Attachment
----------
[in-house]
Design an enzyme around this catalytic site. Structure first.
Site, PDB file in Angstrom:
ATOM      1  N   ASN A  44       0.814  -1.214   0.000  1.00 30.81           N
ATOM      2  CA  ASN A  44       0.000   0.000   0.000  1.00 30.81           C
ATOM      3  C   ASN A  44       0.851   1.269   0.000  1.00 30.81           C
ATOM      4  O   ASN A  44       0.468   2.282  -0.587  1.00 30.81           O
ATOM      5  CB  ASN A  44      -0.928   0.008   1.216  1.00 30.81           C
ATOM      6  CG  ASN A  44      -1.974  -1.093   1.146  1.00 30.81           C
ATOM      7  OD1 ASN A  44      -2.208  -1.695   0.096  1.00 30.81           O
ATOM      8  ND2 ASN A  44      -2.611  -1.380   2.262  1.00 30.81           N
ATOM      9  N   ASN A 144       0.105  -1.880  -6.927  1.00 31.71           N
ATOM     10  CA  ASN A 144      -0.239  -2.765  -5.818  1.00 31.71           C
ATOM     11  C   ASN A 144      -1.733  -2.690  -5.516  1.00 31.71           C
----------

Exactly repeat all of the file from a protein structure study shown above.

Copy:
[in-house]
Design an enzyme around this catalytic site. Structure first.
Site, PDB file in Angstrom:
ATOM      1  N   ASN A  44       0.814  -1.214   0.000  1.00 30.81           N
ATOM      2  CA  ASN A  44       0.000   0.000   0.000  1.00 30.81           C
ATOM      3  C   ASN A  44       0.851   1.269   0.000  1.00 30.81           C
ATOM      4  O   ASN A  44       0.468   2.282  -0.587  1.00 30.81           O
ATOM      5  CB  ASN A  44      -0.928   0.008   1.216  1.00 30.81           C
ATOM      6  CG  ASN A  44      -1.974  -1.093   1.146  1.00 30.81           C
ATOM      7  OD1 ASN A  44      -2.208  -1.695   0.096  1.00 30.81           O
ATOM      8  ND2 ASN A  44      -2.611  -1.380   2.262  1.00 30.81           N
ATOM      9  N   ASN A 144       0.105  -1.880  -6.927  1.00 31.71           N
ATOM     10  CA  ASN A 144      -0.239  -2.765  -5.818  1.00 31.71           C
ATOM     11  C   ASN A 144      -1.733  -2.690  -5.516  1.00 31.71           C